My uncle Jack served in the late 60s on the aircraft carrier USS Ranger,
CVA-61, in the Tonkin Gulf off the east coast of Vietnam. Having spent his youth
with Ham radio, he became an electronics technician. He came aboard fresh
from high school, Basic Training, and the US Navy's radio repairman's school.
In the radio shop, as probably elsewhere on the ship, in the Navy, and in
military life in general, life is regulated by a strict hierarchy. In small
organizational units, where the hierarchy is rather flat, the pecking order must
be decided by some means other than stripe count. In the Ranger's radio repair
shop, the man with the least seniority was assigned to arrive earlier in the
morning to make the coffee, so it would be ready by the time the rest of the
The first morning out of port, the chief petty officer was giving him the shop
tour, focusing closely on coffee-making procedures.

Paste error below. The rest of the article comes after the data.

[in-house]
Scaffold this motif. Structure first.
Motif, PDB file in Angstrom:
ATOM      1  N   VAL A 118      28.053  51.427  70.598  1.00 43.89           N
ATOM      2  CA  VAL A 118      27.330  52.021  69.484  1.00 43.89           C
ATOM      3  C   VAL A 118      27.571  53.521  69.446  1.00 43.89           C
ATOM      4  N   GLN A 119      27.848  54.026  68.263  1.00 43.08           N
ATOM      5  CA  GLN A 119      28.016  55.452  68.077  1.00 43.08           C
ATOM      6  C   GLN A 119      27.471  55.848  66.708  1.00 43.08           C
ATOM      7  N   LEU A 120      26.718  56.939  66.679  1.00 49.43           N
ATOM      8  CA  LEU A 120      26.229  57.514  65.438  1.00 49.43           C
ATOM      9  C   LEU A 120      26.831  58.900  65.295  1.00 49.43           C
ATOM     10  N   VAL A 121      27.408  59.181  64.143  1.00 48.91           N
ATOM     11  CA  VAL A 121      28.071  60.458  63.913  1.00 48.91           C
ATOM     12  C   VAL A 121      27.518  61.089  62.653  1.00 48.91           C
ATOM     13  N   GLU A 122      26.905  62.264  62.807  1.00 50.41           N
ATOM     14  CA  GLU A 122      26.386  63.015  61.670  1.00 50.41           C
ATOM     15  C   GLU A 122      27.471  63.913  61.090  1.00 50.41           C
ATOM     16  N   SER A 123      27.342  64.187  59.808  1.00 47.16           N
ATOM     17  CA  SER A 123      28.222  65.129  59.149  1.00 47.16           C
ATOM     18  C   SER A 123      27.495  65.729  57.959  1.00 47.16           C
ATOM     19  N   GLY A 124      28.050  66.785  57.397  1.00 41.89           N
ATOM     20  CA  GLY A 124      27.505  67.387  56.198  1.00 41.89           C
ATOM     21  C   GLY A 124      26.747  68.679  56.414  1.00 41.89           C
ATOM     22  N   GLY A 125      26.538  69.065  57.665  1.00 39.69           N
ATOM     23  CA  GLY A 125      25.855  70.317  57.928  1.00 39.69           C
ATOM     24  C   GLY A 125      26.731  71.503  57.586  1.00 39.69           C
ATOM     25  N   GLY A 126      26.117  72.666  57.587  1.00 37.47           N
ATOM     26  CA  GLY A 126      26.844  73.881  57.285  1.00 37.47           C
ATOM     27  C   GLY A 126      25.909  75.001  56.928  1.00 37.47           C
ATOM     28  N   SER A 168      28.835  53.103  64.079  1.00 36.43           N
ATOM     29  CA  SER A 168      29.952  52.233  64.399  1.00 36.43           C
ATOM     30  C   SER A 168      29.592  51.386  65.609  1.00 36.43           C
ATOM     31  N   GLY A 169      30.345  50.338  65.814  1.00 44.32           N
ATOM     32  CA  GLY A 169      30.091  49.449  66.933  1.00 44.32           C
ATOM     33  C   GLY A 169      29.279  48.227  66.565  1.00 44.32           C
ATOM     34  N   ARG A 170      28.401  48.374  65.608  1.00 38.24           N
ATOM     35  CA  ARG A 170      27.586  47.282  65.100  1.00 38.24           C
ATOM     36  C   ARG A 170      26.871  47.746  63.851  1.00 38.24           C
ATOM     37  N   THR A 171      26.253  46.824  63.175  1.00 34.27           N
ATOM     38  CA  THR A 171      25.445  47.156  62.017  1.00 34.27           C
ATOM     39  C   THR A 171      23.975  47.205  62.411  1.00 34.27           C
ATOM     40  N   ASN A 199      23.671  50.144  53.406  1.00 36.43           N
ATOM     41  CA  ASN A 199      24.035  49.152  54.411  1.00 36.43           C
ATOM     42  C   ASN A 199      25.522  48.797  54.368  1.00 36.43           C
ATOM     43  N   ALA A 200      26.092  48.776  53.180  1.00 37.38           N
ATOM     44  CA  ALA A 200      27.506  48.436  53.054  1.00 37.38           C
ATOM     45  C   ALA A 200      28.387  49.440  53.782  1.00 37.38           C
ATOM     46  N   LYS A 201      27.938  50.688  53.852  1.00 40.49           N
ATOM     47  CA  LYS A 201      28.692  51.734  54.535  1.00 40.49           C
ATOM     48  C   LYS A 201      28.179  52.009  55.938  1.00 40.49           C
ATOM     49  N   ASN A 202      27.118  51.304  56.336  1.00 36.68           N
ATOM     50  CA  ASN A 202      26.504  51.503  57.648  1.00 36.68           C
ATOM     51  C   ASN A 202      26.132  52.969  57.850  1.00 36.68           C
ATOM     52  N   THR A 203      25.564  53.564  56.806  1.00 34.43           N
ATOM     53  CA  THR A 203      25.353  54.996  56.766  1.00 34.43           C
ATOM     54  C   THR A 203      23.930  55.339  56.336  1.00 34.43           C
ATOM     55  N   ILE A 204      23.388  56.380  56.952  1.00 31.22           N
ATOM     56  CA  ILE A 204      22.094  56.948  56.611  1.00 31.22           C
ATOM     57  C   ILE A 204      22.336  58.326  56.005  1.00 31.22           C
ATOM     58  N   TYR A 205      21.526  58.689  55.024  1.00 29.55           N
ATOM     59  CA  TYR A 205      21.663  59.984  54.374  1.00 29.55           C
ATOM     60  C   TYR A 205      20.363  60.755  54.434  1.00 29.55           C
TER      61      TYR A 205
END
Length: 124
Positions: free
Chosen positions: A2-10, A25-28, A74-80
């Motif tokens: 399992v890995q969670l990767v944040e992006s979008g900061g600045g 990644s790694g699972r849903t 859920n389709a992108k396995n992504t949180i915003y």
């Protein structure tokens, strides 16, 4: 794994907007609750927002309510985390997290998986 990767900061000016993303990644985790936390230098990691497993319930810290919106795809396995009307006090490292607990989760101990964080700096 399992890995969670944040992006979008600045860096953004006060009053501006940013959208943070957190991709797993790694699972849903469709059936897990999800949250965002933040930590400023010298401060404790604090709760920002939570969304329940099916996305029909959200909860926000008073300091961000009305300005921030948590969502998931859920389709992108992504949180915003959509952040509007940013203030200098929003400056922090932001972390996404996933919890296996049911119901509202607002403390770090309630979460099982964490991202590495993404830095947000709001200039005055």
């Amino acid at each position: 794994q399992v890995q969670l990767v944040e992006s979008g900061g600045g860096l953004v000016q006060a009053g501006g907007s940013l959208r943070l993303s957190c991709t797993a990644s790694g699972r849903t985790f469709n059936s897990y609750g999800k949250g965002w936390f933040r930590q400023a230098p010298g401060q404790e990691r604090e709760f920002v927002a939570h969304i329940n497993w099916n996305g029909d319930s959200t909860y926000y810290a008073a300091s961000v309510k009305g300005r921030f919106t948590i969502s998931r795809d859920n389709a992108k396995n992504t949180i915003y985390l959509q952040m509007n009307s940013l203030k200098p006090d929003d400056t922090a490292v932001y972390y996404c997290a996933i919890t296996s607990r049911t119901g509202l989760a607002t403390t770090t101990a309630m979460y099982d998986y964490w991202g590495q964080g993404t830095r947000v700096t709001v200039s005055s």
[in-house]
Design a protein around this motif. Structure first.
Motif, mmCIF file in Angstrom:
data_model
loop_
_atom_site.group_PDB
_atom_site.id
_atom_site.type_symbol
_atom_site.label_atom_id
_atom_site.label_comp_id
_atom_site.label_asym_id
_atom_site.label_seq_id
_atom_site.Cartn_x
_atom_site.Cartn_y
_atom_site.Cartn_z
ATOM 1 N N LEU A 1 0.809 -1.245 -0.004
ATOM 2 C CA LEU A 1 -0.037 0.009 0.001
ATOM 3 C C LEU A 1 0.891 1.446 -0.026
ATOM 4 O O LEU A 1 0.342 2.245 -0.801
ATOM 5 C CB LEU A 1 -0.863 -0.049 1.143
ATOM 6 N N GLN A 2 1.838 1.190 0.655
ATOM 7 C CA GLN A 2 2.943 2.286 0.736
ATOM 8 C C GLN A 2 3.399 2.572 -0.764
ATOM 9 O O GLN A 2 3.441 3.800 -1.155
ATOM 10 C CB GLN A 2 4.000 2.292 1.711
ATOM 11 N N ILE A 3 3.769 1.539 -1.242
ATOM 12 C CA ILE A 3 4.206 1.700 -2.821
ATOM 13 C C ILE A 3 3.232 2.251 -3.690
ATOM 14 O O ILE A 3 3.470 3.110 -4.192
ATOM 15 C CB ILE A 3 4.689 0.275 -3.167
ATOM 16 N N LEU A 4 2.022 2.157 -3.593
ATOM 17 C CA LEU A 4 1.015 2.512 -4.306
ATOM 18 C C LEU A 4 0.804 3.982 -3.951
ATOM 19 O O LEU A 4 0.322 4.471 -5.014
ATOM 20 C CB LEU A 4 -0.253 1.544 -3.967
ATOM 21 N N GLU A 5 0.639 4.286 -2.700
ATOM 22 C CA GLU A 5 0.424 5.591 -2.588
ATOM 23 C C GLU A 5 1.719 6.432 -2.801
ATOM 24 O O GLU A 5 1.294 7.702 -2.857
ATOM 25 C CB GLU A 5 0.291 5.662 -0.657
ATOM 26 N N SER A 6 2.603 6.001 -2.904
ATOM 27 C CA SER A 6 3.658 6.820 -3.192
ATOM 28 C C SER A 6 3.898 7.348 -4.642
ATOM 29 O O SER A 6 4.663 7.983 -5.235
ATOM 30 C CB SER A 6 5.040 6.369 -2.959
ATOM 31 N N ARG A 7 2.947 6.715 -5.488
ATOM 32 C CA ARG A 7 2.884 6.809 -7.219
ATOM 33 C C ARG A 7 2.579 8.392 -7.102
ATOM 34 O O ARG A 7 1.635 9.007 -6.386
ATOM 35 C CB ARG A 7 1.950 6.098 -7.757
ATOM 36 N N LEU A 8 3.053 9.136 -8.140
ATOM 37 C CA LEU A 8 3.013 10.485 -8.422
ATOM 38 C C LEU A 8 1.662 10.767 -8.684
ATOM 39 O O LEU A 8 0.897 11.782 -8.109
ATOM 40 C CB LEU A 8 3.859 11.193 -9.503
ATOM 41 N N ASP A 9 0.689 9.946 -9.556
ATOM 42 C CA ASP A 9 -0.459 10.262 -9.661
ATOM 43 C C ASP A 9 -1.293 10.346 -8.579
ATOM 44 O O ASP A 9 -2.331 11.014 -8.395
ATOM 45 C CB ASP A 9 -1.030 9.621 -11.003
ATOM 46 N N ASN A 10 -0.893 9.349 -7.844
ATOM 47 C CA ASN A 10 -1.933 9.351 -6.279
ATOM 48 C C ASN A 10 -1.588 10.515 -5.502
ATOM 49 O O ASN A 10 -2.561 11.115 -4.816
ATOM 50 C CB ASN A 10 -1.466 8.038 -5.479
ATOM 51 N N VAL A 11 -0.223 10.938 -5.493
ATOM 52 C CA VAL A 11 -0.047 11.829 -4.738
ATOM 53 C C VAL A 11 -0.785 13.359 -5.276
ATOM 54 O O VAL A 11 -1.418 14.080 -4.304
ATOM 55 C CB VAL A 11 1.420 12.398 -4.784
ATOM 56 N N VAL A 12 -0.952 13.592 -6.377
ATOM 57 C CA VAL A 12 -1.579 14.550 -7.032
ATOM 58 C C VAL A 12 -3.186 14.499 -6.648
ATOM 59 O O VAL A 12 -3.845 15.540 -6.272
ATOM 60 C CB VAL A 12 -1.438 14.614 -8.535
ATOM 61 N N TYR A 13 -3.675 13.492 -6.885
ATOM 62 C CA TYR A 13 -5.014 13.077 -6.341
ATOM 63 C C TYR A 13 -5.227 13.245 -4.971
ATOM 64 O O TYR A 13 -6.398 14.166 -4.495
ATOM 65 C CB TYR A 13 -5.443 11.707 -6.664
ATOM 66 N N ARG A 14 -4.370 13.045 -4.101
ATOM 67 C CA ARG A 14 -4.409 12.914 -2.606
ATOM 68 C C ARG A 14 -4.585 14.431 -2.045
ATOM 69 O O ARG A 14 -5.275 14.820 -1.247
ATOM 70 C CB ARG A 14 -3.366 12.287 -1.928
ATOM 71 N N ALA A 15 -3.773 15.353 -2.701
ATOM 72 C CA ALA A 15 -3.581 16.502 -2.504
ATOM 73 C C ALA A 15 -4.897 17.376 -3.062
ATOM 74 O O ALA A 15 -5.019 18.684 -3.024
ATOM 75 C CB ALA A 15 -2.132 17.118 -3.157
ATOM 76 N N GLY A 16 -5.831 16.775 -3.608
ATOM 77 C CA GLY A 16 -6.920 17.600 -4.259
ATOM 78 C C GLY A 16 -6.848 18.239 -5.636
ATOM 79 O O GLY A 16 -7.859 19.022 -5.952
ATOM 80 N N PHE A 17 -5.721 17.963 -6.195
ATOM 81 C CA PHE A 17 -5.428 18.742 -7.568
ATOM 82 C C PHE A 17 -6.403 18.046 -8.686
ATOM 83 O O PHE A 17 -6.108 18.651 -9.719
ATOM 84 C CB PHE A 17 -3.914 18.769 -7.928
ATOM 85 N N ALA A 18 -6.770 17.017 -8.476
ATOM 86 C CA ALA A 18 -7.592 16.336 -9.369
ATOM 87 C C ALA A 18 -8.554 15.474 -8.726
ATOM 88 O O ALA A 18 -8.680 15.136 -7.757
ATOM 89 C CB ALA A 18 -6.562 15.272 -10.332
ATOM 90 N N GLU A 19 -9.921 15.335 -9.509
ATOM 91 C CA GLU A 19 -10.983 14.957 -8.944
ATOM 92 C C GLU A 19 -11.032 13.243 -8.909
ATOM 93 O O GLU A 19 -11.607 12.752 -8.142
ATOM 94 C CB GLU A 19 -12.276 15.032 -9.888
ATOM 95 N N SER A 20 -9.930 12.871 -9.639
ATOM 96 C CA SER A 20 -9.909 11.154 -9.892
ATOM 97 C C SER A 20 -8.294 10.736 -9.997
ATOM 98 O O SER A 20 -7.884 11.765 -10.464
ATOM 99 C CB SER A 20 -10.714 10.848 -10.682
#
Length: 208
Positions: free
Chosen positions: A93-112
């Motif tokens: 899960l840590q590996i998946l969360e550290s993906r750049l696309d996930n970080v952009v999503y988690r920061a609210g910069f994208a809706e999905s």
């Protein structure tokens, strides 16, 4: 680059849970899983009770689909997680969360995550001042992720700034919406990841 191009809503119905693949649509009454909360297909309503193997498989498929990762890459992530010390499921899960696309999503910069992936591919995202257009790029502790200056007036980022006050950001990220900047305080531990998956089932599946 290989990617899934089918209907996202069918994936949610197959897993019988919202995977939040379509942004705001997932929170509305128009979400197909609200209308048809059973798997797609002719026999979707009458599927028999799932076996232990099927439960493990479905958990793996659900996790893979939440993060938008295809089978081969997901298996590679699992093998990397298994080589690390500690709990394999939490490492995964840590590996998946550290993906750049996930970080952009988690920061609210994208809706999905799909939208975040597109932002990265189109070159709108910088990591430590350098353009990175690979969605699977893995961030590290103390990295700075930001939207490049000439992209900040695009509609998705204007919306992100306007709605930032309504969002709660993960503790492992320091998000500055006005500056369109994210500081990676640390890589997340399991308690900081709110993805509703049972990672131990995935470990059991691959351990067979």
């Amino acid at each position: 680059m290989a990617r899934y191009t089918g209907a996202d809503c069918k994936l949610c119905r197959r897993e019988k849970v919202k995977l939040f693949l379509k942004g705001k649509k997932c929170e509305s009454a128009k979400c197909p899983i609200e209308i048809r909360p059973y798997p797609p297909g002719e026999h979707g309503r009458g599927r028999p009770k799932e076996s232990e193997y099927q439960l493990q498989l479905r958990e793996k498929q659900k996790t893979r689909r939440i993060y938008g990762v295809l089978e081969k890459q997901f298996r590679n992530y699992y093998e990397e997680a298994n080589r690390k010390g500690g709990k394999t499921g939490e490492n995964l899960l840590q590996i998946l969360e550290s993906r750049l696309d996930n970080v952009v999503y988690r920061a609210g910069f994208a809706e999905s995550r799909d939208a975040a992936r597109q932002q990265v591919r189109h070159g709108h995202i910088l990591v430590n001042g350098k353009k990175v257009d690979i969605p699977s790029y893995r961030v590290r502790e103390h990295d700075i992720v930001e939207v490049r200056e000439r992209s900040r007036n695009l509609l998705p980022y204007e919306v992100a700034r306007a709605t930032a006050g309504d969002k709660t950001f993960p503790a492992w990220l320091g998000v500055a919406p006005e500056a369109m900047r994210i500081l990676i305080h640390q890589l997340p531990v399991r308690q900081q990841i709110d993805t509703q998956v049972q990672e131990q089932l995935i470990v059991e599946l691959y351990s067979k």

"Ya see kid, first ya put eight scoops of coffee in da basket, den ya put
da water in da pot, up to dat line. Den ya put da basket in da pot, put da
lid on, and plug it inta da bulkhead. Ya got dat, kid?" "Yes
sir, got it."
Jack didn't drink coffee back then, and he still doesn't care much for it.
And he didn't particularly like the idea of making the coffee for the duration
of the cruise, for everyone else to drink. And he valued those ten extra
minutes in the rack as much as the next sailor, perhaps even more.
So the next morning, Jack put eight scoops of coffee in the filter basket.
The next morning, nine scoops. The morning after that, ten scoops.
And so on...
By the end of the week, the rest of the shop was convinced that Jack, being
incapable even of making a decent pot of coffee, was dumber than the average
tree stump. They arrived at the consensus that the honor of coffee detail
should be removed from his list of responsibilities, and given to someone more
competent. Jack just meekly hung his head at the shame, said "yes sir"
appropriately, and enjoyed those extra ten minutes of sleep for the rest of the